“What do Eastern Orthodox Christians believe about…?”

“What do Eastern Orthodox Christians believe about…?” April 26, 2017

Eastern Orthodoxy has been getting heightened attention this spring, with Orthodox writer Rod Dreher’s The Benedict Option cracking the New York Times bestseller list and Hank Hanegraaff — known to Christian radio listeners as the “Bible Answer Man” — recently announcing his conversion from evangelicalism to Eastern Orthodoxy. So where can our readers go to learn more about Orthodox Christianity? Guest-blogger Matt Miller, associate professor of history at the University of Northwestern in St. Paul, Minnesota, recommends a recent publication by two leading scholars.

“What do Orthodox Christians believe about ________?”

As a historian of Russia with a special interest in Orthodox Christianity, I am often asked a version of this question. My conversations often conclude with a suggestion to read an introductory book, such as Timothy Ware’s classic The Orthodox Church. In recent years my recommendations have also included Donald Fairbairn’s Eastern Orthodoxy Through Western Eyes and Turning to Tradition, by D. Oliver Herbel. In this post I would like to highlight a significant new resource for understanding the beliefs, values, and practices of Eastern Christians.

Geffert & Stavrou (eds.), Eastern Orthodoxy: The Essential TextsBryn Geffert (Amherst College) and Theofanis G. Stavrou (University of Minnesota) have joined forces to create Eastern Orthodox Christianity: The Essential Texts (Yale University Press, 2016). As specialists in the study of Eastern Orthodoxy, they have compiled a unique and valuable collection of primary sources that presents a panorama of faith and practice from the first to the twenty-first centuries.

The book gathers the texts chronologically; clear and detailed introductions to each document guide readers through a wide variety of historical, theological, political, philosophical, and literary entries. Dozens of high-contrast maps and other images provide helpful orientation and context along the way. One unusual feature of the book is its dual format: in addition to the 447 pages of the printed book, readers also receive an online companion volume, Eastern Orthodox Christianity: Supplemental Texts, a PDF available for download from the publisher’s website. These supplemental documents add another 1,350 pages to this rich collection, with embedded links to a broad range of artwork, music, and film segments. Notable examples include photos of Greek and Russian icons, recordings of works by Peter Tchaikovsky and Sergei Rachmaninov, and segments of the films Repentance and Island.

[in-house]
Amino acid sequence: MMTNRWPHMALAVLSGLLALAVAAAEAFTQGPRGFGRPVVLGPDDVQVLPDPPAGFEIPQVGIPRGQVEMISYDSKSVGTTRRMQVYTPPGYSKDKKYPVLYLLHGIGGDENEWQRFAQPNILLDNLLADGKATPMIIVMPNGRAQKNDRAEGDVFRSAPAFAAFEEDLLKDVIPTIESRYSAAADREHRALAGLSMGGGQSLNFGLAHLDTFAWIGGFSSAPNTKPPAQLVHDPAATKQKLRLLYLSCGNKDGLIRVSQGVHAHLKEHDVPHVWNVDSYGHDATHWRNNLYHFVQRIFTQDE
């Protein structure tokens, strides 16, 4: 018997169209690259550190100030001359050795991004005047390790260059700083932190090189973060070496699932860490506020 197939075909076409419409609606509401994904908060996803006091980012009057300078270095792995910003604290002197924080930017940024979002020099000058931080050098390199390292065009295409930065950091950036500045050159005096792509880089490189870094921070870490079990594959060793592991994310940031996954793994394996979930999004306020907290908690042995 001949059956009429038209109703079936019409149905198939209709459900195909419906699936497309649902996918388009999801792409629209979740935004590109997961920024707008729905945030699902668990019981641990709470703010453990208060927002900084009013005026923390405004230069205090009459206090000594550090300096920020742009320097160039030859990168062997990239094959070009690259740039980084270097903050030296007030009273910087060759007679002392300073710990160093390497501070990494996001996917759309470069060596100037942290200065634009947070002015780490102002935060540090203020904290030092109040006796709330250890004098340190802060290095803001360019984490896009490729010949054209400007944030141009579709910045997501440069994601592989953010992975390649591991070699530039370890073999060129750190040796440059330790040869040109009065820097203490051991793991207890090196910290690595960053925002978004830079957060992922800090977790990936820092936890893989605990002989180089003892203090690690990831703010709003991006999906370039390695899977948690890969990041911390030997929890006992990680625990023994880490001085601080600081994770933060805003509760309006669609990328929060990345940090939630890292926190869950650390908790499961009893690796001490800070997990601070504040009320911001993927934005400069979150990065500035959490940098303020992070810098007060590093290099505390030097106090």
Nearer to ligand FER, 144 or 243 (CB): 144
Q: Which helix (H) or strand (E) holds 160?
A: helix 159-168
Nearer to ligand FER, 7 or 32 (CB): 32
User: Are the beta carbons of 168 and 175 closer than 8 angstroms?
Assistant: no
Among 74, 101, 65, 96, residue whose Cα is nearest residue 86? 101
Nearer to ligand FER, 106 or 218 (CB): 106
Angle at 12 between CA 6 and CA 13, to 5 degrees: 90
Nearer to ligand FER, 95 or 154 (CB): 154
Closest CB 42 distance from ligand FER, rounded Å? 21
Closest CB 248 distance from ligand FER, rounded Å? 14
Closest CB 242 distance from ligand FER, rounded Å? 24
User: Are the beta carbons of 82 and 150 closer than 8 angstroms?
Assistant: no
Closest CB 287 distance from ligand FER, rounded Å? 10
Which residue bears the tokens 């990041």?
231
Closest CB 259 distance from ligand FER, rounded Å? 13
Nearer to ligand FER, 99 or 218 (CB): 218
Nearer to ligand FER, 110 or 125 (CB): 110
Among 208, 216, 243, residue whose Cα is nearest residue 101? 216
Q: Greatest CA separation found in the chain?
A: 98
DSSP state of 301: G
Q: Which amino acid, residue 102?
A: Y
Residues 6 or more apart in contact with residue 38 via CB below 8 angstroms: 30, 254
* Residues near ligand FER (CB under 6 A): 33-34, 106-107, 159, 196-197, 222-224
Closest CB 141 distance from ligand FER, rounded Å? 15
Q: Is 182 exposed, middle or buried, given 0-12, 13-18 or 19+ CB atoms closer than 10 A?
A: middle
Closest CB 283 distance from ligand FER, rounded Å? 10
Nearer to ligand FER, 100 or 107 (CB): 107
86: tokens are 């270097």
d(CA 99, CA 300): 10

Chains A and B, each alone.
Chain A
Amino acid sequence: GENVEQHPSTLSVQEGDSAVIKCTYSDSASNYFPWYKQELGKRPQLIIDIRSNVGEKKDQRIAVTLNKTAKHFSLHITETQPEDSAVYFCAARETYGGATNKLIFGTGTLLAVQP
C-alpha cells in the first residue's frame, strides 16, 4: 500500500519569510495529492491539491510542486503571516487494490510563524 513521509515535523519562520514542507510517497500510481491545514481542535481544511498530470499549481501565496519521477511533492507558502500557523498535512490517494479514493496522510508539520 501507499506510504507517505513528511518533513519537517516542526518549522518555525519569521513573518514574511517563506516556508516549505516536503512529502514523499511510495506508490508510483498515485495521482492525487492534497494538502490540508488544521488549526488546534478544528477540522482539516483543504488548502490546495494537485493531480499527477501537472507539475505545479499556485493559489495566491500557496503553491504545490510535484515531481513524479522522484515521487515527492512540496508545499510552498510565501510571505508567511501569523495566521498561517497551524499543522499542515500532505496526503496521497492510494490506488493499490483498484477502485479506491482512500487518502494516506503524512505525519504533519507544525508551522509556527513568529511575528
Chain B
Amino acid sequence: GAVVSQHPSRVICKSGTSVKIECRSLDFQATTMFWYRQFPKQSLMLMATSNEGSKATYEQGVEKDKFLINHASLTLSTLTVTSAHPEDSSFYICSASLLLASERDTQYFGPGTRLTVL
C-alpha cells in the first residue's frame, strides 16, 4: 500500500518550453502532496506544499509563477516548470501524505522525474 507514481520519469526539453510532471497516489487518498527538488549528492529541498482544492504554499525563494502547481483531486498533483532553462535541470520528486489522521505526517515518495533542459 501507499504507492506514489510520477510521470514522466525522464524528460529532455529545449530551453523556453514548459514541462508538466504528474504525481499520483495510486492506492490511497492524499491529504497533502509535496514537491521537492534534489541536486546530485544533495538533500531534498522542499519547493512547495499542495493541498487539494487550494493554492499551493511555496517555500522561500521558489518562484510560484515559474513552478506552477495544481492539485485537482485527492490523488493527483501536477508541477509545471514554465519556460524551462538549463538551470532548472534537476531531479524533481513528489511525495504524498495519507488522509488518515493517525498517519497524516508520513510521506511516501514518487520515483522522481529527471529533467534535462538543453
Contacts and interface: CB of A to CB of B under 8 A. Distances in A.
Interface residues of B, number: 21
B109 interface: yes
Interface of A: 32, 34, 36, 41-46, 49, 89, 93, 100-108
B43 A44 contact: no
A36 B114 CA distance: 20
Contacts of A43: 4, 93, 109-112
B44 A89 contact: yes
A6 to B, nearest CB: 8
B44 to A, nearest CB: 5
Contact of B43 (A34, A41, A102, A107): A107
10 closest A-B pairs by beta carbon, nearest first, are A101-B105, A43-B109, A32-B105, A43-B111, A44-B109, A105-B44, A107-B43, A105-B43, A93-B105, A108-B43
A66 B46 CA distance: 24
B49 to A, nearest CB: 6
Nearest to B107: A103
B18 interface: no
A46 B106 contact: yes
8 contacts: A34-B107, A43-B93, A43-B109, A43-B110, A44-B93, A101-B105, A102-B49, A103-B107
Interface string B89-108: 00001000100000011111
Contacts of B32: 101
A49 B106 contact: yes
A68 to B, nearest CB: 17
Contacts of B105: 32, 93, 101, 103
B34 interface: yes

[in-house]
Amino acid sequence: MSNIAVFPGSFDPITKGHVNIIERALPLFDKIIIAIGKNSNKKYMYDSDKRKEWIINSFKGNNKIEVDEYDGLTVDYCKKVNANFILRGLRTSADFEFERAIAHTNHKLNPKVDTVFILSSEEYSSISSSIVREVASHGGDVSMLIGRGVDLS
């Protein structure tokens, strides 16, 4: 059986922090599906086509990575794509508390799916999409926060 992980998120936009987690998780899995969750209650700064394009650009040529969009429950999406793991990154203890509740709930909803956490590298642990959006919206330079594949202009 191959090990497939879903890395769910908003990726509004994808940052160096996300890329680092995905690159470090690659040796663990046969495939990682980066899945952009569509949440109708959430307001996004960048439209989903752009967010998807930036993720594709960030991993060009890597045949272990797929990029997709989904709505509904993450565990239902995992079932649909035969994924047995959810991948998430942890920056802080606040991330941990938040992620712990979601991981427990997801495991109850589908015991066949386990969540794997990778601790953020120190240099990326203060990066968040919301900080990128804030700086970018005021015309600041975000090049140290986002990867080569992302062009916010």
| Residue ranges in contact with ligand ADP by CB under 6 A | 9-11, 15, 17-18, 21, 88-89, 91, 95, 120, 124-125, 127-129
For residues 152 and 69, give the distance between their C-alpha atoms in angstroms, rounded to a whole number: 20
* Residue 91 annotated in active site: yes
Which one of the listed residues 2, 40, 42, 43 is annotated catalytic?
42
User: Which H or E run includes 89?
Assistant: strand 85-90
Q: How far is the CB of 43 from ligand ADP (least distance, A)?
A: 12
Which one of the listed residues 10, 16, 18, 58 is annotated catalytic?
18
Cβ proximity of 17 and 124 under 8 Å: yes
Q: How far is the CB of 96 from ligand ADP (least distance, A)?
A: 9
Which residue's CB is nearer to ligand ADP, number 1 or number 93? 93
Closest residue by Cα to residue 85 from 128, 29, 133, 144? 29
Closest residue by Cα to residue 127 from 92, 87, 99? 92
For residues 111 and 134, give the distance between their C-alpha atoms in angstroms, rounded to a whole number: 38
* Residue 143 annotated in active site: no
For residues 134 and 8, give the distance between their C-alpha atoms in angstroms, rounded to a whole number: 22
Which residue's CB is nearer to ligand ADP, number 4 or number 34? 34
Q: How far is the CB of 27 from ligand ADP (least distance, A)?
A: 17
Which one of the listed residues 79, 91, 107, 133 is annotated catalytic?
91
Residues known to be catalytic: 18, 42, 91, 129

Geffert and Stavrou’s book makes an outstanding contribution to the study of Eastern Orthodox Christianity by providing an accessible guided tour of a faith tradition which may not be familiar to many readers with an interest in the history of Christianity. The authors do not assume prior knowledge of Orthodoxy and provide clear definitions and explanatory footnotes on most pages. Many will value the brief bibliography which introduces the most important works on a range of specific topics and periods. The book includes an enormous range of primary sources from multiple languages; some translations are published for the first time in English.

This book presents a rich feast for readers, including main courses, garnishes, and desserts. For example, several foundational doctrinal and liturgical writings are included. The text of the Nicene Creed states the theological conclusions of the ecumenical council of Nicaea, called by Emperor Constantine in 325. This creed articulates a classic statement of the divinity of Jesus Christ: “. . . God from God, light from light, true God from true God, begotten not made, consubstantial with the Father . . .” (60). The introduction and footnotes provide explanations to the Divine Liturgy of St. John Chrysostom, the primary liturgical text of many Eastern churches; the following commentary by Nicholas Cabasilas, a 14th century writer, provides an interpretation of this liturgical work and accompanying rituals. The 1672 Confession of Patriarch Dositheos II of Jerusalem offers a systematic, detailed, and negative response to Patriarch Kyrillos Loukaris of Constantinople, who had been influenced by the Protestant pastor John Calvin.

Reliquary of St. Gregory Palamas
Reliquary of St. Gregory Palamas, Metropolitan Cathedral of Thessaloniki, Greece (CC BY-SA 3.0 OrthoArchitectDU)